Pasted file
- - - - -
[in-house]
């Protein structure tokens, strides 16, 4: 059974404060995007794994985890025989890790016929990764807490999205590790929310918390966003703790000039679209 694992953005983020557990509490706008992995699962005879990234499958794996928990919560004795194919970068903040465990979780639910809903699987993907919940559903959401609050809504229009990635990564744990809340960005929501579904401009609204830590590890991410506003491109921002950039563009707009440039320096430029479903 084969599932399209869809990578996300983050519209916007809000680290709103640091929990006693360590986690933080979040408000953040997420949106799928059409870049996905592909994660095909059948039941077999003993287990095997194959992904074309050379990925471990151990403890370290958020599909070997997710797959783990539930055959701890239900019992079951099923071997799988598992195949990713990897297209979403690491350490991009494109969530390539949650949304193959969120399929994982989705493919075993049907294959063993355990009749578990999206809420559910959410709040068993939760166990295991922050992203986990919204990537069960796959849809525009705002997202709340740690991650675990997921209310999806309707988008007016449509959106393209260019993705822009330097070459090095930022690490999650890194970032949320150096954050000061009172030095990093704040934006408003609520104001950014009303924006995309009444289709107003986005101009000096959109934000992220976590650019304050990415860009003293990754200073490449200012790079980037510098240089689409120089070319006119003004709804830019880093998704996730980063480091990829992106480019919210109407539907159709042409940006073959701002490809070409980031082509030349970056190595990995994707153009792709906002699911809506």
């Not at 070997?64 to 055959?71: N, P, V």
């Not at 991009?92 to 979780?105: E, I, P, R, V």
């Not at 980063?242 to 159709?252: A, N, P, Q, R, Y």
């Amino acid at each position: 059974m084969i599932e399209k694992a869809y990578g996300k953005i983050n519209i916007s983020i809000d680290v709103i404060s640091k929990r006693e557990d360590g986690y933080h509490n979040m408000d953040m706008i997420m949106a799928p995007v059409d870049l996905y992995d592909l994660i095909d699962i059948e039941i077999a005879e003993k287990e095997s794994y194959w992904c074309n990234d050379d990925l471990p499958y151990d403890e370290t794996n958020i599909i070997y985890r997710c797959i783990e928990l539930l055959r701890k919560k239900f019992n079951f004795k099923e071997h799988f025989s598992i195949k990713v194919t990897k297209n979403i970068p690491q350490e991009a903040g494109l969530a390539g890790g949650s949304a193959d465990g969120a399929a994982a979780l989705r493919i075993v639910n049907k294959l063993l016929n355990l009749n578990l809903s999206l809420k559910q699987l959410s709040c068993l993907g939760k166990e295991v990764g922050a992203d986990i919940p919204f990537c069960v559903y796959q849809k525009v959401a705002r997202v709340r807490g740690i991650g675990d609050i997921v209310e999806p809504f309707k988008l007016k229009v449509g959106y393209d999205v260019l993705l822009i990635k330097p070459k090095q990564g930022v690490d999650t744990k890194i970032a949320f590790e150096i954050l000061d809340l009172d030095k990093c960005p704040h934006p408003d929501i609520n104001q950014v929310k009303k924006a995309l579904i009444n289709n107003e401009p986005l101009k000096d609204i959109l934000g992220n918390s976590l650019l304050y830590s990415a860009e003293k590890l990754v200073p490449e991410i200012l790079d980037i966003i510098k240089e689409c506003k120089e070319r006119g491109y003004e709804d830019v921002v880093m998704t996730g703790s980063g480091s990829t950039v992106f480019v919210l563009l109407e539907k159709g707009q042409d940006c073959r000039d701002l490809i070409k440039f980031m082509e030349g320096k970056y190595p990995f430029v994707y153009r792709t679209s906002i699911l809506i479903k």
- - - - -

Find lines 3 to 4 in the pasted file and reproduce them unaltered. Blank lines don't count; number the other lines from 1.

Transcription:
């Not at 070997?64 to 055959?71: N, P, V």
């Not at 991009?92 to 979780?105: E, I, P, R, V």